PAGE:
The human assumption of divinity has been construed as evil — as a usurpation of the status of divine beings — for thousands of years. No organized religion of any size or amount of temporal power encourages or permits its followers direct access to divinity; the privilege of communicating directly to God has been reserved for the organized and socially approved priesthood. This is as true of ancient India as it is of modern Catholicism. Access to God is very tightly controlled, and is usually forbidden to certain elements of society, particularly women. Women may not become priests in the Roman Catholic Church, and are thus separated from the sacrament of ordination, a situation that calls into question the very nature of the soul. For it presupposes that the soul has a gender, since sacraments do not affect the body but only the soul. This is perhaps understandable in view of the etymology of the word "sacrament," which comes from the Latin and which originally meant a military oath, an oath of (male) soldiers. Women may not be ordained in the Eastern Orthodox churches, either.

In Orthodox Judaism, women may not become rabbis. Menstruating women, in fact, are considered unclean and may not enter the synagogue during their period. A man who touches a menstruating woman becomes unclean, and must bathe in the ritual bath — the mikvah — before going to worship himself. In the East, women are noticeably scarce in the lists of divine Hindu and Buddhist and Daoist figures.

Yet, in the West, it has traditionally been women who were charged with the practice of witchcraft, a phenomenon that has led some historians and anthropologists — such as Margaret Murray, Robert Graves and Erich Neumann — to develop the theory that witchcraft is the survival of an ancient goddess-oriented religion that was suppressed on a virtually global scale, from Europe to the Middle East, and to the borders of India. If this is true, and it was suppressed, then the reasons for the nearly perfect destruction of this religion had to be political.

Our most ancient artwork as a people has been that associated with magic and religion. The prehistoric cave paintings of Lescaux, for instance; the Venus of Willendorf; the many thousands of different varieties of goddess statues found all over the world. People did not venerate human leaders and etch their likenesses in stone and clay until civilization began to coalesce around villages and towns and away from field and forest. When they did, they did because their leaders partook of the divine essence, the divine nature; they were the representatives of the gods upon the earth.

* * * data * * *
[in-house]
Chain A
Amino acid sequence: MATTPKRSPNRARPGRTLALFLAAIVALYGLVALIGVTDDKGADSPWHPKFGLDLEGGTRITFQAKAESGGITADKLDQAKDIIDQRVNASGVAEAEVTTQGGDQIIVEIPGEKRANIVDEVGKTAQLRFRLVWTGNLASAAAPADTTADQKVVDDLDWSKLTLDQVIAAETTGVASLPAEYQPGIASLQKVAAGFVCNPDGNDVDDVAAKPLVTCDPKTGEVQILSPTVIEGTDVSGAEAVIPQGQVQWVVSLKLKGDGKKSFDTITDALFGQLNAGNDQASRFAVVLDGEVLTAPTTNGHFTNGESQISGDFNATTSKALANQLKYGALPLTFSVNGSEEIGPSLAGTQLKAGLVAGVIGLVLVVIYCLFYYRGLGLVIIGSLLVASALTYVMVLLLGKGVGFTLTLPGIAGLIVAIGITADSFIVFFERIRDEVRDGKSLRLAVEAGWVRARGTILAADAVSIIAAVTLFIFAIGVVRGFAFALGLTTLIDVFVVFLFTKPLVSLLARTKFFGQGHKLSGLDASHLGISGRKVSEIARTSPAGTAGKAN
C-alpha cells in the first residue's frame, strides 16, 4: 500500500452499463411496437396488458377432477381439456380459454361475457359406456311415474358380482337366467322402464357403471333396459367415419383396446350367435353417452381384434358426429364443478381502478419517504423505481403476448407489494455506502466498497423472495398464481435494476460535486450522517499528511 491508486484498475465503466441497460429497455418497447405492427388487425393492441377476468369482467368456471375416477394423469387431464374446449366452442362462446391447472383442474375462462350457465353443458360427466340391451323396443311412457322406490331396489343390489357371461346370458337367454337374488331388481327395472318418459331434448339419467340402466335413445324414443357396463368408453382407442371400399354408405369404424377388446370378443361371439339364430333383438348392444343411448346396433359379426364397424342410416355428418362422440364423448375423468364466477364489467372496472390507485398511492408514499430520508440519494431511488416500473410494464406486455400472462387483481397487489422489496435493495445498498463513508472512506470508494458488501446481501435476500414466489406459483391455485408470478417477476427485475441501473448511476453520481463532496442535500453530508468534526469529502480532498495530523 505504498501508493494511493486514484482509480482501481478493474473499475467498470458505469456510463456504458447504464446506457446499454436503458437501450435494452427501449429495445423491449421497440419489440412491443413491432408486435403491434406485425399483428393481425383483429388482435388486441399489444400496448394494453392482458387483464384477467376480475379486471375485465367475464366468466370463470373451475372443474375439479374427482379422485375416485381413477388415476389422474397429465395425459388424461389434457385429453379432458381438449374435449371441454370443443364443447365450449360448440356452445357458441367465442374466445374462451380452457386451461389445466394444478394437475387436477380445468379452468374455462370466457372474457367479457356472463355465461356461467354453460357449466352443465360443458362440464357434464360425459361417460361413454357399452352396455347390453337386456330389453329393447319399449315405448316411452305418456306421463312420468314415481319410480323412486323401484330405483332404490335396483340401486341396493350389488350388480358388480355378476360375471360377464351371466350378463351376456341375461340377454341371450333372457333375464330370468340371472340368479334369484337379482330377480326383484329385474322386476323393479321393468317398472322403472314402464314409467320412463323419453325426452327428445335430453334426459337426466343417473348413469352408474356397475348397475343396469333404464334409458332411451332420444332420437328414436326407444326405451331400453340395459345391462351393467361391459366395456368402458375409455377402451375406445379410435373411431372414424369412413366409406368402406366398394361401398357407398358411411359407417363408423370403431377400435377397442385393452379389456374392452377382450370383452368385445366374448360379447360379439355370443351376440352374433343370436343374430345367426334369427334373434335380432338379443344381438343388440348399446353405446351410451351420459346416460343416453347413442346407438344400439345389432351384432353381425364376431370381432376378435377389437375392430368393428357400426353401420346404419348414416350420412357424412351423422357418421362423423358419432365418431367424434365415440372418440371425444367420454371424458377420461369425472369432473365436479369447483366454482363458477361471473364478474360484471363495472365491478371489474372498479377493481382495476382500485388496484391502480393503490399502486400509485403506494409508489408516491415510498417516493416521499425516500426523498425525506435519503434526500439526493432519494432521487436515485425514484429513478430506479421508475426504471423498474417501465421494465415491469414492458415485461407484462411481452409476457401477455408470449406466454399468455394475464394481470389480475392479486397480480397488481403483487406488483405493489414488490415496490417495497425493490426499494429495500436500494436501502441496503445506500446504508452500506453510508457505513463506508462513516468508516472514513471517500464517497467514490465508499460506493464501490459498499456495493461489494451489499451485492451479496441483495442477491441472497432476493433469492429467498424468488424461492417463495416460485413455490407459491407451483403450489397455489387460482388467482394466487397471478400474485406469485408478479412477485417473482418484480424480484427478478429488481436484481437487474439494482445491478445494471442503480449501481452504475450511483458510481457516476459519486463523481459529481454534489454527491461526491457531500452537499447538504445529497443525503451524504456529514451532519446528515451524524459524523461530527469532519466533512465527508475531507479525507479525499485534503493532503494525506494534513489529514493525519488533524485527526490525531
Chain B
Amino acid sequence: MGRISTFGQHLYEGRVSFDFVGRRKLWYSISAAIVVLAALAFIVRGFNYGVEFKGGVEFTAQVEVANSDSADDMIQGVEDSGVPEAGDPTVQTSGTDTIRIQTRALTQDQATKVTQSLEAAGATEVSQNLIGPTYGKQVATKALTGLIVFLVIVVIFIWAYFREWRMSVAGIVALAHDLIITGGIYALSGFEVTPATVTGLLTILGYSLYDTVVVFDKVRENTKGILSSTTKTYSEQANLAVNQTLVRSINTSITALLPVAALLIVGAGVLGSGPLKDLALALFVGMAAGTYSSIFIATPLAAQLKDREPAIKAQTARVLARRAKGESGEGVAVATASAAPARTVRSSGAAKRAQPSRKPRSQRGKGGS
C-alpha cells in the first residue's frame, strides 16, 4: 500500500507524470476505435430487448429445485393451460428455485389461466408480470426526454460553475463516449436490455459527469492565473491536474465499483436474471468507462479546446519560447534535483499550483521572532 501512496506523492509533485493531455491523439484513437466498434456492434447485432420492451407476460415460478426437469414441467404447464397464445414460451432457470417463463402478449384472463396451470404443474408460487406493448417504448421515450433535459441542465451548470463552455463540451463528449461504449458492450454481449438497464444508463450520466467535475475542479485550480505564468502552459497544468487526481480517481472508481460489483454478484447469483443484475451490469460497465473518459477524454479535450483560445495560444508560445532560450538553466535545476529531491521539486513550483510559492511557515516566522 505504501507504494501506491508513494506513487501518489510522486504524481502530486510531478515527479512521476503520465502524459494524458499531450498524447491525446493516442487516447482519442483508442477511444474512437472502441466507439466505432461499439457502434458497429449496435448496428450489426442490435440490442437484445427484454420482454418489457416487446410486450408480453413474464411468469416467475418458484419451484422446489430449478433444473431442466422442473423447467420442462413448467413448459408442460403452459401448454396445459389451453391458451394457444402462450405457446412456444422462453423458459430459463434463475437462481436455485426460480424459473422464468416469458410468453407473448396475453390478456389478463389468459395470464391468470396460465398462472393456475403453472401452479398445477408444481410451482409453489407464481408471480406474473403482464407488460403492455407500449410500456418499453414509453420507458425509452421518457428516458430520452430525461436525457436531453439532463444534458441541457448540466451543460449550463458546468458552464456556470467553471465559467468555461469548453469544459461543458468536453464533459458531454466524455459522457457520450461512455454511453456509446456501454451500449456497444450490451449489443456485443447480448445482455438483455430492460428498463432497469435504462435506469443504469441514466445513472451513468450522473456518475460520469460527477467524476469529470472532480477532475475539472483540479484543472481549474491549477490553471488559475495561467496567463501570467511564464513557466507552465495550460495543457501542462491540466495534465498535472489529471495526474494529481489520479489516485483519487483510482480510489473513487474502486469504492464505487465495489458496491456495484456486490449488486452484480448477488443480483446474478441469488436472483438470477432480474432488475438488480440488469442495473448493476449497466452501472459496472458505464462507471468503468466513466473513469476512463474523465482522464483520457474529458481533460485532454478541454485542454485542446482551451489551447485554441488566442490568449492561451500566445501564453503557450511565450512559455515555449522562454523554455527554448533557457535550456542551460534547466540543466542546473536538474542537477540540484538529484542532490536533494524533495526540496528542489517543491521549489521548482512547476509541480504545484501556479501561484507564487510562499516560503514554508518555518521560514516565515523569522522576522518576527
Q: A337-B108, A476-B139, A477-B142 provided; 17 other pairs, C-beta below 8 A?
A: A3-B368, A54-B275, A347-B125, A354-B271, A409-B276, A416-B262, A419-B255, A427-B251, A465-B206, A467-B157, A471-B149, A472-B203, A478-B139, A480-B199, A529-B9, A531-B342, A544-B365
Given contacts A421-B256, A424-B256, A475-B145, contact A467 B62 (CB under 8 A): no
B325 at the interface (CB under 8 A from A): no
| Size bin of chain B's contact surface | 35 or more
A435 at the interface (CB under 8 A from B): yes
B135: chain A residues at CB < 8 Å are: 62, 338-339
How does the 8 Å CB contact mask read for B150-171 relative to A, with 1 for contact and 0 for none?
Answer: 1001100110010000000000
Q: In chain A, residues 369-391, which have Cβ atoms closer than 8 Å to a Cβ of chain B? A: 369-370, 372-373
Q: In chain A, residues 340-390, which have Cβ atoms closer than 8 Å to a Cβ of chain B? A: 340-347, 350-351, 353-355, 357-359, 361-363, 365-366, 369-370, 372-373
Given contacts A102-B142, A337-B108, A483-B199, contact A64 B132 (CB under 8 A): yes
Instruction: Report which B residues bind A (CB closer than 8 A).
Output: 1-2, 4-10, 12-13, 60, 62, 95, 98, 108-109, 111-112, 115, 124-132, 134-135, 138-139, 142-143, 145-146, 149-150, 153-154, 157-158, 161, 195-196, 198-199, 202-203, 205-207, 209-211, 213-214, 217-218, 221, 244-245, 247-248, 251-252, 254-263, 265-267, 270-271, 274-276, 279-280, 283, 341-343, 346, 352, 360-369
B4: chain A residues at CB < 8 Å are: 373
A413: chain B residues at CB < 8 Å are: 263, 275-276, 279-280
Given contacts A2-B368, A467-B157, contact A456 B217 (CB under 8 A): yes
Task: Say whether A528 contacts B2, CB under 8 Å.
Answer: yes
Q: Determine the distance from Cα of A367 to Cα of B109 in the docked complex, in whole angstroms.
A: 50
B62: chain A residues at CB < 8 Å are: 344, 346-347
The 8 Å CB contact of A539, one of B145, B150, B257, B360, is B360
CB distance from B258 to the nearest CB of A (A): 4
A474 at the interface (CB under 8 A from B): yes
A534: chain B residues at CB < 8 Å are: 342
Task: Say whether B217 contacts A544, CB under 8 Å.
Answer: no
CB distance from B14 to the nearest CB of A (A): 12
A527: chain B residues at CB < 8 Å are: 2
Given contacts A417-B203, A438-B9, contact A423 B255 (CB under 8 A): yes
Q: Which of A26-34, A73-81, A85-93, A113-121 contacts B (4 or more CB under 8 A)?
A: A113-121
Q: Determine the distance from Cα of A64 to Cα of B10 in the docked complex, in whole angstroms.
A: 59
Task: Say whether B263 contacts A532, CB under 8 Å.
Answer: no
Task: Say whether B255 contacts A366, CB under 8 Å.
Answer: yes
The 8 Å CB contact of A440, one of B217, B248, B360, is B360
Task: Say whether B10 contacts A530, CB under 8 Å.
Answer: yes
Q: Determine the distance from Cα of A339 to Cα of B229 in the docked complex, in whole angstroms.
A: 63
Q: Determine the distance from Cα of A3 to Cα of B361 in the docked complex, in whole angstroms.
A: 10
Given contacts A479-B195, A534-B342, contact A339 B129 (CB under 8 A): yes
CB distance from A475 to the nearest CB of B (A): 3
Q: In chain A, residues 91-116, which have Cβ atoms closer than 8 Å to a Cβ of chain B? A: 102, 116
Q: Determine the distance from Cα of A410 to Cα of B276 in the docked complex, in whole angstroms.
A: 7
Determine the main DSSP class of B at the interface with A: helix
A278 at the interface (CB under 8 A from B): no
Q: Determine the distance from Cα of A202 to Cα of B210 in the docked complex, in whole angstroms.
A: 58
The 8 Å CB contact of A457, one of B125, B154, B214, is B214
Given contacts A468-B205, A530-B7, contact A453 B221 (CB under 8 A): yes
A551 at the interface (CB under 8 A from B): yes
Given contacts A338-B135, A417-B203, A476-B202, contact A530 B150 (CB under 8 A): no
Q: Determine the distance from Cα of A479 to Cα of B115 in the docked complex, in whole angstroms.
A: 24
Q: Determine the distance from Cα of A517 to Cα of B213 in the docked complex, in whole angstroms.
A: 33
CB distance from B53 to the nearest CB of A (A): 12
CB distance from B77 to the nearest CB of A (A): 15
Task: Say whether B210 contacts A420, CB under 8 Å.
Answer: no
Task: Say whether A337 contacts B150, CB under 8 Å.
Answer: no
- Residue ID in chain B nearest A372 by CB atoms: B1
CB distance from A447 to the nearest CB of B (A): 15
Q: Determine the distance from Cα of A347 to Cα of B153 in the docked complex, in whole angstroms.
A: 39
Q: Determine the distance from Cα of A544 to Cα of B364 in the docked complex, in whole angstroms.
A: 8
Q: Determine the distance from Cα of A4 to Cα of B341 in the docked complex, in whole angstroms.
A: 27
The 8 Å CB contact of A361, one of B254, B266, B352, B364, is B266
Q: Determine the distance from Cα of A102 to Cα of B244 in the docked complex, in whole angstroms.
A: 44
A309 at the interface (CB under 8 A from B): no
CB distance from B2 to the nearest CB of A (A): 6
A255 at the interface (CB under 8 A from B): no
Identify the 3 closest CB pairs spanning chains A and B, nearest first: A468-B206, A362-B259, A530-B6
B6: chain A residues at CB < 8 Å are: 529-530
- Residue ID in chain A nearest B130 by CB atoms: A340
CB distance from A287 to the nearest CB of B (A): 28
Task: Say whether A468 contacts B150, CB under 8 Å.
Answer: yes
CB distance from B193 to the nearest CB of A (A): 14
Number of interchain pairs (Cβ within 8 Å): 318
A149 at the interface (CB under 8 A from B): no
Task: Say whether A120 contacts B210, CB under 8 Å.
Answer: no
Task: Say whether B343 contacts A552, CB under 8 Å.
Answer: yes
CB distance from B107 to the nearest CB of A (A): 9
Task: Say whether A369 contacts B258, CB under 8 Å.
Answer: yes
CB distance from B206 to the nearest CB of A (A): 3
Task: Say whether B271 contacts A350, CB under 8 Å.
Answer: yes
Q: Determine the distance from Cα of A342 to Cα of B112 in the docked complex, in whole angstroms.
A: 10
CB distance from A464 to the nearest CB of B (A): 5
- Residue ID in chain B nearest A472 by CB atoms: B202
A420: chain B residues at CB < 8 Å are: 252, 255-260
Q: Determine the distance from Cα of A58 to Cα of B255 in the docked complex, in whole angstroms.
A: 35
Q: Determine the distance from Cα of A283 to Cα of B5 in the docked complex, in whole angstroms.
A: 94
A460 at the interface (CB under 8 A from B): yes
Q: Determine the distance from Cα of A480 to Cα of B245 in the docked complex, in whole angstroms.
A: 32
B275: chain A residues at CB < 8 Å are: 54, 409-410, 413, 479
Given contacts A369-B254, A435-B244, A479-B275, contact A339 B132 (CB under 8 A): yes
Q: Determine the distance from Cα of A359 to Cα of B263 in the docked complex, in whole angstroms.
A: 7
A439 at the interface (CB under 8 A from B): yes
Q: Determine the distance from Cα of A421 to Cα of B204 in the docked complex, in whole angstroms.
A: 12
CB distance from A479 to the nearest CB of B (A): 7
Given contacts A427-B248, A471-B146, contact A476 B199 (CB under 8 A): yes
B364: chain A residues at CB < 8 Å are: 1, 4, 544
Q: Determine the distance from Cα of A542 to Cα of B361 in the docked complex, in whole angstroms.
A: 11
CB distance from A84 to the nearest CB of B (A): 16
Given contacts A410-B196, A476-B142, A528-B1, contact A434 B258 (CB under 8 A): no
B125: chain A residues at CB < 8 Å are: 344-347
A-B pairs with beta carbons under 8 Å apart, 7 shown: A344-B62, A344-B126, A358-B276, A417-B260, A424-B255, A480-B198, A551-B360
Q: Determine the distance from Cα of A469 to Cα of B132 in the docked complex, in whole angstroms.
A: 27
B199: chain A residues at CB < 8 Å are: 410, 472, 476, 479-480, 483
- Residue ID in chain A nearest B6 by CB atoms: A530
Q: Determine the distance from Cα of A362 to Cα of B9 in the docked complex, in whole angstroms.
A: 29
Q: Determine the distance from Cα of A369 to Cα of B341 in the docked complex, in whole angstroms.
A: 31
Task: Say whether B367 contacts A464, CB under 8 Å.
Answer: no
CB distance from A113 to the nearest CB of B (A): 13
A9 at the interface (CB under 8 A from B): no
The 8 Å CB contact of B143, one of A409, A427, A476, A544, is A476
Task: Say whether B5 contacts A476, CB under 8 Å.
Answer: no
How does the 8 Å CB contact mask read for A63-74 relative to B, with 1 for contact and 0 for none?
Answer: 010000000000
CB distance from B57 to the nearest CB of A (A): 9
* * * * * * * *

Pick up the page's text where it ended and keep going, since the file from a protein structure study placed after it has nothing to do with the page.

And when this occurred, when state religions were established and associated with city-cults such as those of ancient Sumeria, Babylon and Egypt, then there grew up around them secret cults that worshipped older gods, the gods and goddesses that had been usurped by the newer, royally-linked deities. Even ancient Sumeria — arguably the oldest western civilization that has left any written record of itself — had its cult of witches, and various texts (such as the Maqlu or "Burning" Text) contain chants and prayers against the practice of witchcraft, some three thousand years before the birth of Christ. These witches were independent practitioners of ritual; in other words, they did not belong to the state cult, were not approved by the ruler (who was both secular and sacred ruler), and they worshipped beings that were not approved by the state cult. Thus, the Biblical phrase cited above, that witchcraft and rebellion were synonymous. Rebellion is a revolt against secular authority; the implication is therefore that witchcraft is a revolt against sacred authority. It puts access to God in the hands of the Great Unwashed. It creates an anti-church, just as rebellion creates an anti-government.